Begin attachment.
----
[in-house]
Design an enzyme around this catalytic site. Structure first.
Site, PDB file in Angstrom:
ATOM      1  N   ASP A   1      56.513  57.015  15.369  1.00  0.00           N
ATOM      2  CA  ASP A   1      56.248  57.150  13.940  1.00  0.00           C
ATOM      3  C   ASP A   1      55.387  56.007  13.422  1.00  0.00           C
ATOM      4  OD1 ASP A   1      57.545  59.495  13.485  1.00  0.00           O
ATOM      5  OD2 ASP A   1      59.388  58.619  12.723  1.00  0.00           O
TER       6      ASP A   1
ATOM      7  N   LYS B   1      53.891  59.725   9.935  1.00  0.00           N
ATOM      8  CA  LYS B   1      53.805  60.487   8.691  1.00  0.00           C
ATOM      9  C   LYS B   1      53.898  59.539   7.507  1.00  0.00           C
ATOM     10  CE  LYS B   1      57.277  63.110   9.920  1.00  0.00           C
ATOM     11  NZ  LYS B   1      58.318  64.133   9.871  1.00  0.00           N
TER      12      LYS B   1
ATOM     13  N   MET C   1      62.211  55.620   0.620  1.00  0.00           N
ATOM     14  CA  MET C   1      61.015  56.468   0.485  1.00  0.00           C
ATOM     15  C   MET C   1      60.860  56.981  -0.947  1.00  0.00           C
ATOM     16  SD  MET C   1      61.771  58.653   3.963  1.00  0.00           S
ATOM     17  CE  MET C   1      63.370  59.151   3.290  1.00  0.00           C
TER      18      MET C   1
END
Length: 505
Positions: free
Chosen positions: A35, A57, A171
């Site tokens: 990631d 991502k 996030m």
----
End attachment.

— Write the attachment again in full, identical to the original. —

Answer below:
[in-house]
Design an enzyme around this catalytic site. Structure first.
Site, PDB file in Angstrom:
ATOM      1  N   ASP A   1      56.513  57.015  15.369  1.00  0.00           N
ATOM      2  CA  ASP A   1      56.248  57.150  13.940  1.00  0.00           C
ATOM      3  C   ASP A   1      55.387  56.007  13.422  1.00  0.00           C
ATOM      4  OD1 ASP A   1      57.545  59.495  13.485  1.00  0.00           O
ATOM      5  OD2 ASP A   1      59.388  58.619  12.723  1.00  0.00           O
TER       6      ASP A   1
ATOM      7  N   LYS B   1      53.891  59.725   9.935  1.00  0.00           N
ATOM      8  CA  LYS B   1      53.805  60.487   8.691  1.00  0.00           C
ATOM      9  C   LYS B   1      53.898  59.539   7.507  1.00  0.00           C
ATOM     10  CE  LYS B   1      57.277  63.110   9.920  1.00  0.00           C
ATOM     11  NZ  LYS B   1      58.318  64.133   9.871  1.00  0.00           N
TER      12      LYS B   1
ATOM     13  N   MET C   1      62.211  55.620   0.620  1.00  0.00           N
ATOM     14  CA  MET C   1      61.015  56.468   0.485  1.00  0.00           C
ATOM     15  C   MET C   1      60.860  56.981  -0.947  1.00  0.00           C
ATOM     16  SD  MET C   1      61.771  58.653   3.963  1.00  0.00           S
ATOM     17  CE  MET C   1      63.370  59.151   3.290  1.00  0.00           C
TER      18      MET C   1
END
Length: 505
Positions: free
Chosen positions: A35, A57, A171
């Site tokens: 990631d 991502k 996030m």